Opera in Song: The Marriage of Figaro

Reviewer's rating

Bringing the much revered “Opera in Song” series to a close was Holland Park’s homage to Mozart’s The Marriage of Figaro. In this final recital, soprano Louise Alder and baritone Julien Van Mellaerts guided audiences through an evening of songs honouring the sentiment of the opera’s four acts. With each section prefaced by a theme: “Domestic Bliss”, “Deception and Loneliness”, “Seduction and Betrayal”, and “Forgiveness and Celebration”, the program’s arc traced love’s quarrels with charm. Accompanied most assuredly by pianist Simon Lepper, each song’s nuance was realised.

The first act weaved through French, English, German, and Italian repertoire: a rich tapestry of European colour. This multi-lingual program boasted the prowess of both singers and reminded audiences of opera’s international reach. Each song was executed with charismatic interpretation, further typifying each character the song was to depict. The Schumann songs, in particular, “Ich denke dein”, was a showcase for both voices, where Alder’s soprano jibes interjected Van Mellaerts’s musical propositions playfully. Puccini’s “A te”—one of the composer’s works to have paled before the formidable reputation of his vast operatic corpus—was a refreshing gem to program. Complemented by Lepper’s attentive pianism, where the clear voicing of Puccini’s score is absolute, the work’s playful antiphony shone. Alder’s luminous soprano hovered delicately above the accompaniment. For Van Mellaerts, Vaughan Williams’s “The Roadside Fire” served as the baritone’s primary success: projection and diction punctuated the narrative with ease. 

The program’s highlight, however, was Alder’s performance of two lesser-performed works: Amy Beach’s “Ah, Love But a Day”, and Copeland’s “Heart, We Will Forget Him”. Above Beach’s simple piano accompaniment, Alder’s glorious soprano was at its most beautiful. The delicacy of the lines swelled and subsided with second-nature crescendi, as did the phrasing of Elizabeth Barrett-Browning’s text. What’s more, Alder’s distinctive tone was accentuated by her crisp diction: a testament to her abounding talent. As for the Copeland—an arrangement of Emily Dickinson’s poem—Alder channeled the text’s pathos into a genuinely compelling performance.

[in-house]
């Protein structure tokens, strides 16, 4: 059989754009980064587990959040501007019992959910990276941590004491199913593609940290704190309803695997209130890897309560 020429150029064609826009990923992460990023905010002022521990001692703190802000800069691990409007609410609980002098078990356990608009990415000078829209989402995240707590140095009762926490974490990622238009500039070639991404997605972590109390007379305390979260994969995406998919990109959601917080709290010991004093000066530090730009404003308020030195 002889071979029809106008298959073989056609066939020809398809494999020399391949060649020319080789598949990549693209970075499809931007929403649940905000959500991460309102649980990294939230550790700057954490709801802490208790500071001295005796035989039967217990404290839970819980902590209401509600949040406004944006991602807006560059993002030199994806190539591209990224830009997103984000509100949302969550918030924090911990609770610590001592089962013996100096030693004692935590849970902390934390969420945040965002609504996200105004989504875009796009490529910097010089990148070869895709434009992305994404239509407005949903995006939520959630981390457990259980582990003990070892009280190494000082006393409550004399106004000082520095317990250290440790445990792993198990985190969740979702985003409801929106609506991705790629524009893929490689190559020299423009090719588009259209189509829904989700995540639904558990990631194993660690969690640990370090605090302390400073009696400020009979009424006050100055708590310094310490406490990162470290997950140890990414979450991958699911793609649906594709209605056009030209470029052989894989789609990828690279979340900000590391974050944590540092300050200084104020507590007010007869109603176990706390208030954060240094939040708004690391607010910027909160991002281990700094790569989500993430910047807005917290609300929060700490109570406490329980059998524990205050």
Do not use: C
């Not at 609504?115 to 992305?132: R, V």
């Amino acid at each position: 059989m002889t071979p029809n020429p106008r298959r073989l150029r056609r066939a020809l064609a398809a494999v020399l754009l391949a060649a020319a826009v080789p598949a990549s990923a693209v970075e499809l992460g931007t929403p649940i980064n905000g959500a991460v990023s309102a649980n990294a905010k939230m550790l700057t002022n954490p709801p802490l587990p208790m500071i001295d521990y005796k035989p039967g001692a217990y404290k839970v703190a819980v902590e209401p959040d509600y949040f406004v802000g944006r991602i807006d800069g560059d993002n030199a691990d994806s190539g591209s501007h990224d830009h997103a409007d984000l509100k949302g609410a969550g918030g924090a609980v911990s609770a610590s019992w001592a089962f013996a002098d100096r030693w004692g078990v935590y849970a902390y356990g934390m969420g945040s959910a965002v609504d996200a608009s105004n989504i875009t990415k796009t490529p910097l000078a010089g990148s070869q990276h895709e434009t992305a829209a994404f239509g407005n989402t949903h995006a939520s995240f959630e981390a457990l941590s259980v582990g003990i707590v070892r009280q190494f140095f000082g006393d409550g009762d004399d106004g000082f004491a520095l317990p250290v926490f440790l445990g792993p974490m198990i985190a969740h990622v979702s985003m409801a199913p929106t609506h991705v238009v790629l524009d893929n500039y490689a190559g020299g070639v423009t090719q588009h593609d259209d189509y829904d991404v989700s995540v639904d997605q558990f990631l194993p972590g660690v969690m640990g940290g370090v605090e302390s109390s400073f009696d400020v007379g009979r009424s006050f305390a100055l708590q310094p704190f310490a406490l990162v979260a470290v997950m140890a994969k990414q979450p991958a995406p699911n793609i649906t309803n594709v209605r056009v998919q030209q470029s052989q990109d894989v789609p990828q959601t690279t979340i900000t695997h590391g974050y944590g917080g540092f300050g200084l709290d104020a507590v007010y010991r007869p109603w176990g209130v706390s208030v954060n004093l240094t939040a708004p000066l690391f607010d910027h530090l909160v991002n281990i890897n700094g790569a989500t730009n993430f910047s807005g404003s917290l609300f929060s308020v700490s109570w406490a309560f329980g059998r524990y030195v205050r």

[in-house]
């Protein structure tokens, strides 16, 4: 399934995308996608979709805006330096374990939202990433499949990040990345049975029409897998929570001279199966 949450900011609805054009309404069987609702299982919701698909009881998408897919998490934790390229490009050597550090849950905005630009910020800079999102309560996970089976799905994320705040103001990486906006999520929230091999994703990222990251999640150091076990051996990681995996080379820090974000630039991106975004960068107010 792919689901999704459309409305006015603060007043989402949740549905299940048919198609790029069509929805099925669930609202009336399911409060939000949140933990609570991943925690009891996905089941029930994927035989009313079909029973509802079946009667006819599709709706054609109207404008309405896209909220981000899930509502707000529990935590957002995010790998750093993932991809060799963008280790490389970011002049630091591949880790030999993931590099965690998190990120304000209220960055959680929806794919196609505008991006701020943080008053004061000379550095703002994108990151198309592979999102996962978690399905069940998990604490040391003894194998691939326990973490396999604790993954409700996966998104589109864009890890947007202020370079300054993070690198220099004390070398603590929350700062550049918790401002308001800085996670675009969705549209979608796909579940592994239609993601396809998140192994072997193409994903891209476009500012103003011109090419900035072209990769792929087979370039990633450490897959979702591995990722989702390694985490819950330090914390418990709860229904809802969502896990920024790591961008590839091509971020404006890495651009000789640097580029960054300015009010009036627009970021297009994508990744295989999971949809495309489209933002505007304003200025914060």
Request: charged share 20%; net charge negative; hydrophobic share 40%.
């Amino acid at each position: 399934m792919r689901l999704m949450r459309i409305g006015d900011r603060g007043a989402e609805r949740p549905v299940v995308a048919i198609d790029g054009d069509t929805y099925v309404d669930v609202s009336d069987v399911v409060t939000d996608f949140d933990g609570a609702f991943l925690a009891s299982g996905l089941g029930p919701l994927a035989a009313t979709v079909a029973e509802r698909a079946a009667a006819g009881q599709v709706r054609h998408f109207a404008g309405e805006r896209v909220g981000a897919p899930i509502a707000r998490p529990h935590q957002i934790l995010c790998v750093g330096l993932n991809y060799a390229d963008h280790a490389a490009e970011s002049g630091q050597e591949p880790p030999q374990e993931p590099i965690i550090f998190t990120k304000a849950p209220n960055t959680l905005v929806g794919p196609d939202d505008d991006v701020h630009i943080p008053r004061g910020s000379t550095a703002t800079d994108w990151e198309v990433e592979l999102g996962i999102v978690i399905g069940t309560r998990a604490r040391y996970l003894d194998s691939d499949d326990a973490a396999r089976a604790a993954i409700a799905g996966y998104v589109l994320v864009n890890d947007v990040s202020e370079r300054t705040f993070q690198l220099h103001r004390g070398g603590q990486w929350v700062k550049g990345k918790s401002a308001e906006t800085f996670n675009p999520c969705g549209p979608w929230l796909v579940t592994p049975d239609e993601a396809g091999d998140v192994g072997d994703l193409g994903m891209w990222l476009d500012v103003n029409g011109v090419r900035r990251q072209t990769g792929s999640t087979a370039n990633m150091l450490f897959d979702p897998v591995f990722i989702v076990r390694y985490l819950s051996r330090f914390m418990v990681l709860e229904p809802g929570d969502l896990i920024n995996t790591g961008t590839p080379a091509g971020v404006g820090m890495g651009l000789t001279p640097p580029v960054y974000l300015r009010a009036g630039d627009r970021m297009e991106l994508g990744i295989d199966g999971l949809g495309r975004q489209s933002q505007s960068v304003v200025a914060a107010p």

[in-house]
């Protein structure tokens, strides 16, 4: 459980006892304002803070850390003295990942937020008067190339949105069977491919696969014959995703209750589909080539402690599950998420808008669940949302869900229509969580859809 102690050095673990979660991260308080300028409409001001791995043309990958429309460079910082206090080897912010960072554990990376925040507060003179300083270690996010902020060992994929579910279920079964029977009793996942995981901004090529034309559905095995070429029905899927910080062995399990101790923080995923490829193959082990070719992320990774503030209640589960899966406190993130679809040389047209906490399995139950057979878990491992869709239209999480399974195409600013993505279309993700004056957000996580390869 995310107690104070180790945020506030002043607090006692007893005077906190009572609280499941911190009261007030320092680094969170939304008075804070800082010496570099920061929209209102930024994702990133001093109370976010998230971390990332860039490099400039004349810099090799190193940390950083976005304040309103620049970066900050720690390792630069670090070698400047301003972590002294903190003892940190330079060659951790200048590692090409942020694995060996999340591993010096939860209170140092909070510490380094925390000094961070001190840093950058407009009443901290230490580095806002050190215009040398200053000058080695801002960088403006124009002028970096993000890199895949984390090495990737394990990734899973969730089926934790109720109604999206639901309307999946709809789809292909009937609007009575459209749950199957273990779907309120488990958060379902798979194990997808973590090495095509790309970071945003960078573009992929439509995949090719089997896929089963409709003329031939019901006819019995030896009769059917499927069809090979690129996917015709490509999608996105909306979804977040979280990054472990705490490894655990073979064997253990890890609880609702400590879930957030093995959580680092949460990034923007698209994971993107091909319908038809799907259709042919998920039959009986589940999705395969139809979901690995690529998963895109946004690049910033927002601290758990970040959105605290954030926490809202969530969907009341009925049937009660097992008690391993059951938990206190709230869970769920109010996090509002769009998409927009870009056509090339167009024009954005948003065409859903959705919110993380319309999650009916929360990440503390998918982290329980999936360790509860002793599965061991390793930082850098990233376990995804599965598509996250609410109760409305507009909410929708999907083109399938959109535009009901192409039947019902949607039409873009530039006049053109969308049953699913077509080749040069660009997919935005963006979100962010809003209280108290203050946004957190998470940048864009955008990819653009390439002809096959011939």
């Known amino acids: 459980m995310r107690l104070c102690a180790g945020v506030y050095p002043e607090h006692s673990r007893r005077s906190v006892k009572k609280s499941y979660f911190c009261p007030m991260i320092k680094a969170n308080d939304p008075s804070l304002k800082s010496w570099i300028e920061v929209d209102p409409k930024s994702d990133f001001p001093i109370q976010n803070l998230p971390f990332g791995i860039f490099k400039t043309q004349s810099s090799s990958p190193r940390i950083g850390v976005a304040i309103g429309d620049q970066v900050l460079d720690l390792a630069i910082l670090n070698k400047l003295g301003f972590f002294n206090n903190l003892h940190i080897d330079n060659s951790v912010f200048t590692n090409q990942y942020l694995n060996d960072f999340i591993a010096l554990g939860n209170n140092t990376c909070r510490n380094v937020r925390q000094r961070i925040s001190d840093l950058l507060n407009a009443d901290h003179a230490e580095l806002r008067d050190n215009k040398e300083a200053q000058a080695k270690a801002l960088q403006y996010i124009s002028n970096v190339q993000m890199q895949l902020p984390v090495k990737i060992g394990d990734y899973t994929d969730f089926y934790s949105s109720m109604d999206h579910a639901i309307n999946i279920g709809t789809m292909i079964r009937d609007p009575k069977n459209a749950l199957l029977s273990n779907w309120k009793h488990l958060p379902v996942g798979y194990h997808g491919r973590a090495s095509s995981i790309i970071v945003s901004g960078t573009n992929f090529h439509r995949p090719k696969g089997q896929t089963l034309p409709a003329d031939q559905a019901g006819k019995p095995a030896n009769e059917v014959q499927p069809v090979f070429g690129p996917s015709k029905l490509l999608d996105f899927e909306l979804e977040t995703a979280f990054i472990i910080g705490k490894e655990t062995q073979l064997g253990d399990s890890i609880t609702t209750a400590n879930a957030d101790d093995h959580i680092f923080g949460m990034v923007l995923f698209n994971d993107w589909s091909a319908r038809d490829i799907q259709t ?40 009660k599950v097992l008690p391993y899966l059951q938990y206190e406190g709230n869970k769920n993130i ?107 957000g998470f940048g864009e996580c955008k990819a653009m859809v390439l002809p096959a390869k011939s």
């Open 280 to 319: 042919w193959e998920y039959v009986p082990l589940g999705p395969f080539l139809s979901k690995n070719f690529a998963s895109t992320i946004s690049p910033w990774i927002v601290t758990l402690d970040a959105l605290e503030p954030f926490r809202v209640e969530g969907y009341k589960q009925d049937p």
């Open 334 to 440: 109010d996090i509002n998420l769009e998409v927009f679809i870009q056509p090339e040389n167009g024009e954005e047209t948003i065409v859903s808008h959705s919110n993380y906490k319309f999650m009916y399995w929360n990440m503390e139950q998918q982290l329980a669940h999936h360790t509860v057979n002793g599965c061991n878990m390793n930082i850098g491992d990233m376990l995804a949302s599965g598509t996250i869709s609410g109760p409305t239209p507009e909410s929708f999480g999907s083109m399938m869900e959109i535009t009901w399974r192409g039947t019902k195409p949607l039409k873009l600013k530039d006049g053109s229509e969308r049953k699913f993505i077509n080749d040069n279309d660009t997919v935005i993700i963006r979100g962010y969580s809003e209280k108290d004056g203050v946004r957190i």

The blending of Van Mellaerts’s baritone and Alder’s hovering soprano only further shone as the program progressed. In Quilter’s “Weep You No More, Sad Fountains”, the colour and richness of both voices elevated the arrangement. As a staple in the English repertory, the Quilter is rarely performed as a duet, making this performance all the more significant. Lehar’s “Lippen Schweigen” from The Merry Widow was the concluding piece, with the pair delighting audiences with their playful mid-song waltz. After flirting with operetta, Alder and Van Maellerts’s encore—”La chi da rem la Mano”—continued to showcase their performative chemistry dancing and acting through the audience. Alder’s final off-stage sprint—in high heels, no less—is alone worthy of applause.